The Triumph of the Egg: A Book of Impressions from American Life in Tales and Poems (Google eBook)

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B. W. Huebsch, Incorporated, 1921 - American poetry - 269 pages
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Page 6 - Latonia, and the horsemen that have been down to New Orleans or maybe at the winter meeting at Havana in Cuba come home to spend a week before they start out again, at such a time when everything talked about in Beckersville is just horses and nothing else and the outfits start out and horse racing is in every breath of air you breathe, Bildad shows up with a job as cook for some outfit. Often when I think about it, his always going all season to the races and working in the livery barn in the winter...
Page 15 - He stands at the post quiet and not letting on, but he is just burning up inside. Then when the barrier goes up he is off like his name, Sunstreak. It makes you ache to see him. It hurts you. He just lays down and runs like a bird dog. There can't anything I ever see run like him except Middlestride when he gets untracked and stretches himself. Gee! I ached to see that race and those two horses run, ached and dreaded it too. I didn't want to see either of our horses beaten. We had never sent a pair...
Page 56 - We did not talk much, but in our daily lives tried earnestly to make smiles take the place of glum looks. Mother smiled at the boarders and I, catching the infection, smiled at our cat. Father became a little feverish in his anxiety to please. There was no doubt, lurking somewhere in him, a touch of the spirit of the showman. He did not waste much of his ammunition on the railroad men he served at night but seemed to be waiting for a young man or woman from Bidwell to come in to show what he could...
Page 48 - One unversed in such matters can have no notion of the many and tragic things that can happen to a chicken. It is born out of an egg, lives for a few weeks as a tiny fluffy thing such as you will see pictured on Easter cards, then becomes hideously naked, eats quantities of corn and meal bought by the sweat of your father's brow, gets diseases called pip, cholera, and other names, stands looking with stupid eyes at the sun, becomes sick and dies.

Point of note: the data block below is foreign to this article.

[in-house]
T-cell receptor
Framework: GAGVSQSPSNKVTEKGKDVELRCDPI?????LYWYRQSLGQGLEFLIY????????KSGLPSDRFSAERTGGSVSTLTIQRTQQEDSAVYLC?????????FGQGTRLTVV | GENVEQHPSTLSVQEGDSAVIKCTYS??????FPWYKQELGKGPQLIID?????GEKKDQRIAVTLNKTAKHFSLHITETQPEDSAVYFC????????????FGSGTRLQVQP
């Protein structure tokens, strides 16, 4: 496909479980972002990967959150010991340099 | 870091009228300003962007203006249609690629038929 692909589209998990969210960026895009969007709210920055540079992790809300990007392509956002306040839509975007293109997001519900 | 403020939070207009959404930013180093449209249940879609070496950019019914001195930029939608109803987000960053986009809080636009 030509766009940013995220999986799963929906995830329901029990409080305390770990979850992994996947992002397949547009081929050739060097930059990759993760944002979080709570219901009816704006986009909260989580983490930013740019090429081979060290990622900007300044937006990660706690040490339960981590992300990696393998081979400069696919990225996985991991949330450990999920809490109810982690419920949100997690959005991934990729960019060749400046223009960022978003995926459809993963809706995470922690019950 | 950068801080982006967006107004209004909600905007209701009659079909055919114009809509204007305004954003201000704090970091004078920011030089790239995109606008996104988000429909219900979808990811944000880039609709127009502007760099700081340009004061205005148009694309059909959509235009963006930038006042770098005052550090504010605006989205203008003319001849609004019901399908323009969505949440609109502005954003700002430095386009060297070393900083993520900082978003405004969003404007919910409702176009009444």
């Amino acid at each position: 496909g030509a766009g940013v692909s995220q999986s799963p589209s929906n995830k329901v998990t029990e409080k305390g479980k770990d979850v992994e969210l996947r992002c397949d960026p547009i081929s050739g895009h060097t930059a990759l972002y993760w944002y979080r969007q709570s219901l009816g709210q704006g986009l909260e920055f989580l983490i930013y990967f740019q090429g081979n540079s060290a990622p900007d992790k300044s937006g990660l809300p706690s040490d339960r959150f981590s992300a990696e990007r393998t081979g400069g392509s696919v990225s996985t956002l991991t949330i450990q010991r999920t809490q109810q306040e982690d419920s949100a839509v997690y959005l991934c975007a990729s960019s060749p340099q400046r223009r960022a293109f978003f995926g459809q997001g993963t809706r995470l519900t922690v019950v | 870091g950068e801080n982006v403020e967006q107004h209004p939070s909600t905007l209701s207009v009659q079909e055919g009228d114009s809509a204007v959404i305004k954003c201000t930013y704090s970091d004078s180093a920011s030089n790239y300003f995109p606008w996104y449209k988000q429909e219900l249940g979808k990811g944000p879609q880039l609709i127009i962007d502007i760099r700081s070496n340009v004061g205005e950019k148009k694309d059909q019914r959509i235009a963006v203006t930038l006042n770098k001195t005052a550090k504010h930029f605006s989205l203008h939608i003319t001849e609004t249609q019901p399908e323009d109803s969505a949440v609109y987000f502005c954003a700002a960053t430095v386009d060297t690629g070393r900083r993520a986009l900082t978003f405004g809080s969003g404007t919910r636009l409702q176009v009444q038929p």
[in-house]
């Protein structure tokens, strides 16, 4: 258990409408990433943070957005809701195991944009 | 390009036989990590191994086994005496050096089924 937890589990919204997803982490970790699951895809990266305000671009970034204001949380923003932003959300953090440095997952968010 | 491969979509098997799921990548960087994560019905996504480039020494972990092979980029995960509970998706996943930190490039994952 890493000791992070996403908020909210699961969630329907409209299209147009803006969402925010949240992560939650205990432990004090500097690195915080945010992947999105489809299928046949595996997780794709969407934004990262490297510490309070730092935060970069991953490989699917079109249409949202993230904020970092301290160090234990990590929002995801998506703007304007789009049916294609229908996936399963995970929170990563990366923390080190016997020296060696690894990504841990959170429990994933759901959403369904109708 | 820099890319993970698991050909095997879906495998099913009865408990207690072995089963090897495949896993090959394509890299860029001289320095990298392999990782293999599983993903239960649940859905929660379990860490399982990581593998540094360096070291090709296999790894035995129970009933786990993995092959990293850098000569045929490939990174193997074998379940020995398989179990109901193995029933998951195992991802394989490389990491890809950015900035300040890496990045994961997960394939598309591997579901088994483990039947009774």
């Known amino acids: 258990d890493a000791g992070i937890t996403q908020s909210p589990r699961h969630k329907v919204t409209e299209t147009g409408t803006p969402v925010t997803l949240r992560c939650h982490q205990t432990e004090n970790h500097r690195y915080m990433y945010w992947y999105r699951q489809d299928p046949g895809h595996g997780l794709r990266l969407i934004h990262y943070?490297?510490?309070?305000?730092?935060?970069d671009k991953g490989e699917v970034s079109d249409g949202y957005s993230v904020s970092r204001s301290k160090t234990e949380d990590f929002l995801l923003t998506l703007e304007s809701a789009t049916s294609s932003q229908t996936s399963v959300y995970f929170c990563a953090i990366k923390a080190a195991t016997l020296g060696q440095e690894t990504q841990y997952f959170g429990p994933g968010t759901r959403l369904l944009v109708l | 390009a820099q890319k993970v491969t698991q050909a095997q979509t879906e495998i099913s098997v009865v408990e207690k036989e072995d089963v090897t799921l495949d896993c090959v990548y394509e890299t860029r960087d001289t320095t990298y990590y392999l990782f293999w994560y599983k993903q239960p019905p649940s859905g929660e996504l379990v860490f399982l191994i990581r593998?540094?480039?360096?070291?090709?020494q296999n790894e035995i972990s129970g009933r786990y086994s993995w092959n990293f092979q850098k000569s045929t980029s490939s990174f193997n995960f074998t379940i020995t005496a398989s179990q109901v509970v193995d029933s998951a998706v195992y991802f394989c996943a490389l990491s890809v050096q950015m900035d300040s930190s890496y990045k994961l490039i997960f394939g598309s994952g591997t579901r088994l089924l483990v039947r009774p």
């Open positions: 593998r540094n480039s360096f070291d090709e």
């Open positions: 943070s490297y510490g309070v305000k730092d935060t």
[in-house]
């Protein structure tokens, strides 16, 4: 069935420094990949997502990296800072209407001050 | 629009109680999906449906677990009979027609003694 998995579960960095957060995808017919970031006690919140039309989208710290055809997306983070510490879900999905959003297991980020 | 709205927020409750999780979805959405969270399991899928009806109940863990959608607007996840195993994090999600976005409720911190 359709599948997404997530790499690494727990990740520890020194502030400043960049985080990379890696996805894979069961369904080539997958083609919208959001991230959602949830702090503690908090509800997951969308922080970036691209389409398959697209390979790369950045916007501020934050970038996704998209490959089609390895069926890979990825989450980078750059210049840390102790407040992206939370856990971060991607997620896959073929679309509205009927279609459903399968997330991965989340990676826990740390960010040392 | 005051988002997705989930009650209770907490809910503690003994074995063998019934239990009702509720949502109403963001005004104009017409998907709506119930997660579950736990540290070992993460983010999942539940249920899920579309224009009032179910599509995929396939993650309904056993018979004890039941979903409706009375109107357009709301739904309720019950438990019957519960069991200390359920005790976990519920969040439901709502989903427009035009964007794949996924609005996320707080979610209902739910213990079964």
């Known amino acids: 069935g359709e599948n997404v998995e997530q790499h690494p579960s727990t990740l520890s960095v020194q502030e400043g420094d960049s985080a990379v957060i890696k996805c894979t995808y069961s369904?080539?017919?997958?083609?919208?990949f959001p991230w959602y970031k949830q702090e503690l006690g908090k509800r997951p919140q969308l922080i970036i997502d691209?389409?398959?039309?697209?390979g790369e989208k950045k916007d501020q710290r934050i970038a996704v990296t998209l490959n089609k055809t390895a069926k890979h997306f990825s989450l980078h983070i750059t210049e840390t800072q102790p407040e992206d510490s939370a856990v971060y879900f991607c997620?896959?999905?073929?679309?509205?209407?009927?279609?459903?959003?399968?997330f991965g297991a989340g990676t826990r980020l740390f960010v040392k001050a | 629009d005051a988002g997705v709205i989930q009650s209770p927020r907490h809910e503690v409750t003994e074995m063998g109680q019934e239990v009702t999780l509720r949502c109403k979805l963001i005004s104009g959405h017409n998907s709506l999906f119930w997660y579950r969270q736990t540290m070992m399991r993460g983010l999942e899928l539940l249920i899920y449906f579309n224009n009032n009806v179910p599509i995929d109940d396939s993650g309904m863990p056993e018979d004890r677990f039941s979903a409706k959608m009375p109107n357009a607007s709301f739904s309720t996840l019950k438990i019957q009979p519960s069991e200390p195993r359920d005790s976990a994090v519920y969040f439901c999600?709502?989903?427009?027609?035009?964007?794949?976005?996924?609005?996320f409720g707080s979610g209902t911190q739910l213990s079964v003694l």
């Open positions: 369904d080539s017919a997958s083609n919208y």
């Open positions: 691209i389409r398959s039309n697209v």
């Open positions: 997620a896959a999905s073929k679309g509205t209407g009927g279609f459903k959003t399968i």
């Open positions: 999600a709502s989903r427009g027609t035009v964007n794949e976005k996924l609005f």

Page 52 - At any rate he saved all the little monstrous things that had been born on our chicken farm. They were preserved in alcohol and put each in its own glass bottle. These he had carefully put into a box and on our journey into town it was carried on the wagon seat beside him. He drove the horses with one hand and with the other clung to the box. When we got to our destination the box was taken down at once and the bottles removed. All during our days as keepers of a restaurant in the town of Bidwell,...
Page 18 - The women had on loose dresses and sat around in chairs. The men came in and some sat on the women's laps. The place smelled rotten and there was rotten talk, the kind a kid hears around a livery stable in a town like Beckersville in the winter but don't ever expect to hear talked when there are women around.
Page 17 - Jerry, like wanting to see your father at night when you are a young kid. Just then an automobile came along and turned in. Jerry was in it and Henry Rieback's father, and Arthur Bedford from home, and Dave Williams and two other men I didn't know. They got out of the car and went into the house, all but Henry Rieback's father who quarreled with them and said he wouldn't go. It was only about nine o'clock, but they were all drunk and the rummy-looking farm house was a place for bad women to stay...
Page 58 - I'm waiting for the evening train. It's late," he said apologetically. For a long time father, whom Joe Kane had never seen before, remained silently gazing at his visitor. He was no doubt suffering from an attack of stage fright. As so often happens in life he had thought so much and so often of the situation that now confronted him that he was somewhat nervous in its presence. For one thing, he did not know what to do with his hands. He thrust one of them nervously over the counter and shook hands...
Page 55 - ... farm where death was a daily visitor. Mother decided that our restaurant should remain open at night. At ten in the evening a passenger train went north past our door followed by a local freight. The freight crew had switching to do in Pickleville and when the work was done they came to our restaurant for hot coffee and food. Sometimes one of them ordered a fried egg. In the morning at four they returned north-bound and again visited us. A little trade began to grow up. Mother slept at night...
Page 51 - I fancied, something like a broad road, such a road as Caesar might have made on which to lead his legions out of Rome and into the wonders of an unknown world. The tufts of hair that grew above father's ears were, I thought, like forests. I fell into a half-sleeping, half-waking state and dreamed I was a tiny thing going along the road into a far beautiful place where there were no chicken farms and where life was a happy eggless affair.

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